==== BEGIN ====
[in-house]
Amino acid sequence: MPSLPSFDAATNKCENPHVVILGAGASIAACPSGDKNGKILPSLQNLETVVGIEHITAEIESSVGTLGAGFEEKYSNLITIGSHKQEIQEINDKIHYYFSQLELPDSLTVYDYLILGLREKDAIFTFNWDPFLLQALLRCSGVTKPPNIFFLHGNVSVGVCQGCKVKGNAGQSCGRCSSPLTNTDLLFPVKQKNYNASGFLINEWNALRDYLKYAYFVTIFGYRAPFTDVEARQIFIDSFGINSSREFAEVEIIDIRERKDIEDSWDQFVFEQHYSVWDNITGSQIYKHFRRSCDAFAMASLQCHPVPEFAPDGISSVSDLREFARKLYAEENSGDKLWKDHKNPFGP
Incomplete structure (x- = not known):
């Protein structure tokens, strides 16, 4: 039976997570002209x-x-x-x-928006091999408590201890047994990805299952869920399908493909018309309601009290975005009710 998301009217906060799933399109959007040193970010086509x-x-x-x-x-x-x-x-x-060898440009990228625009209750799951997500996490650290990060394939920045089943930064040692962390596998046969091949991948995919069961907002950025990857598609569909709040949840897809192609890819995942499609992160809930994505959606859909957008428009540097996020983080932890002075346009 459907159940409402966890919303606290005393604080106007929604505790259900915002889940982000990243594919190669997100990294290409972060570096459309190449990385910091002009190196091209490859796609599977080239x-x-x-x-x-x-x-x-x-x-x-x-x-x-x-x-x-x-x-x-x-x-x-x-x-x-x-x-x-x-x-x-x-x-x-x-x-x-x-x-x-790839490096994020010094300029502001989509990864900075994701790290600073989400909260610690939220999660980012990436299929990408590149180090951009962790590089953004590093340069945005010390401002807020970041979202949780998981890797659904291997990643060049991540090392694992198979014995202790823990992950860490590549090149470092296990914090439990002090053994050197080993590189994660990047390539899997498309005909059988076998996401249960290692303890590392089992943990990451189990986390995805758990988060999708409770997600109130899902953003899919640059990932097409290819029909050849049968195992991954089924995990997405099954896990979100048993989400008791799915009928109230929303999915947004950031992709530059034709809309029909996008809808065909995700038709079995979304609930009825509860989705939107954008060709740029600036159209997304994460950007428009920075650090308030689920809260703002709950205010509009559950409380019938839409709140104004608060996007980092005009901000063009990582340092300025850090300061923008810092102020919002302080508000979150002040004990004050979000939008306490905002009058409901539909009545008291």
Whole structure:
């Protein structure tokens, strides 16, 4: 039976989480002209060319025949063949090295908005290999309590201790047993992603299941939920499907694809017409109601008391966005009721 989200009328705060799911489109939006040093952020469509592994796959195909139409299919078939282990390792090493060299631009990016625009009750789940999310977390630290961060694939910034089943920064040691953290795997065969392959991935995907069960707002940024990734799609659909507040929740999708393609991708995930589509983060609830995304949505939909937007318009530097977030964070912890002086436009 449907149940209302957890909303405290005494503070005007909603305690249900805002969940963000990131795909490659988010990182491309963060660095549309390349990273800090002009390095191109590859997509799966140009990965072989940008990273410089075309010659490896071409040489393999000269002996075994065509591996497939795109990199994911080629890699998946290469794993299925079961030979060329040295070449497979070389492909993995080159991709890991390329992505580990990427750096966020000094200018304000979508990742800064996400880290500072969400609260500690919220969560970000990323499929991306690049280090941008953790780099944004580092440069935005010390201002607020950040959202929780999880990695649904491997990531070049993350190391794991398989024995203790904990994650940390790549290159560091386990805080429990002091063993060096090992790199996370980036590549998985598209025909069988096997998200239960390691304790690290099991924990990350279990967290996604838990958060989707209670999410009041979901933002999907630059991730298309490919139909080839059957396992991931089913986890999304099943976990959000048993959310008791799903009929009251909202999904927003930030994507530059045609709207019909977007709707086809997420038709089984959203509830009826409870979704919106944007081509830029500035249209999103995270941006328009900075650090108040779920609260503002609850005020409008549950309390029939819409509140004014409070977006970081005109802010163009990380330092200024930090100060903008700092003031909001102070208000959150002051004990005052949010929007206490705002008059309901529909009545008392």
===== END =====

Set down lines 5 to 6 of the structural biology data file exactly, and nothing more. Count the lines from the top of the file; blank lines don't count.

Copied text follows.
Whole structure:
């Protein structure tokens, strides 16, 4: 039976989480002209060319025949063949090295908005290999309590201790047993992603299941939920499907694809017409109601008391966005009721 989200009328705060799911489109939006040093952020469509592994796959195909139409299919078939282990390792090493060299631009990016625009009750789940999310977390630290961060694939910034089943920064040691953290795997065969392959991935995907069960707002940024990734799609659909507040929740999708393609991708995930589509983060609830995304949505939909937007318009530097977030964070912890002086436009 449907149940209302957890909303405290005494503070005007909603305690249900805002969940963000990131795909490659988010990182491309963060660095549309390349990273800090002009390095191109590859997509799966140009990965072989940008990273410089075309010659490896071409040489393999000269002996075994065509591996497939795109990199994911080629890699998946290469794993299925079961030979060329040295070449497979070389492909993995080159991709890991390329992505580990990427750096966020000094200018304000979508990742800064996400880290500072969400609260500690919220969560970000990323499929991306690049280090941008953790780099944004580092440069935005010390201002607020950040959202929780999880990695649904491997990531070049993350190391794991398989024995203790904990994650940390790549290159560091386990805080429990002091063993060096090992790199996370980036590549998985598209025909069988096997998200239960390691304790690290099991924990990350279990967290996604838990958060989707209670999410009041979901933002999907630059991730298309490919139909080839059957396992991931089913986890999304099943976990959000048993959310008791799903009929009251909202999904927003930030994507530059045609709207019909977007709707086809997420038709089984959203509830009826409870979704919106944007081509830029500035249209999103995270941006328009900075650090108040779920609260503002609850005020409008549950309390029939819409509140004014409070977006970081005109802010163009990380330092200024930090100060903008700092003031909001102070208000959150002051004990005052949010929007206490705002008059309901529909009545008392």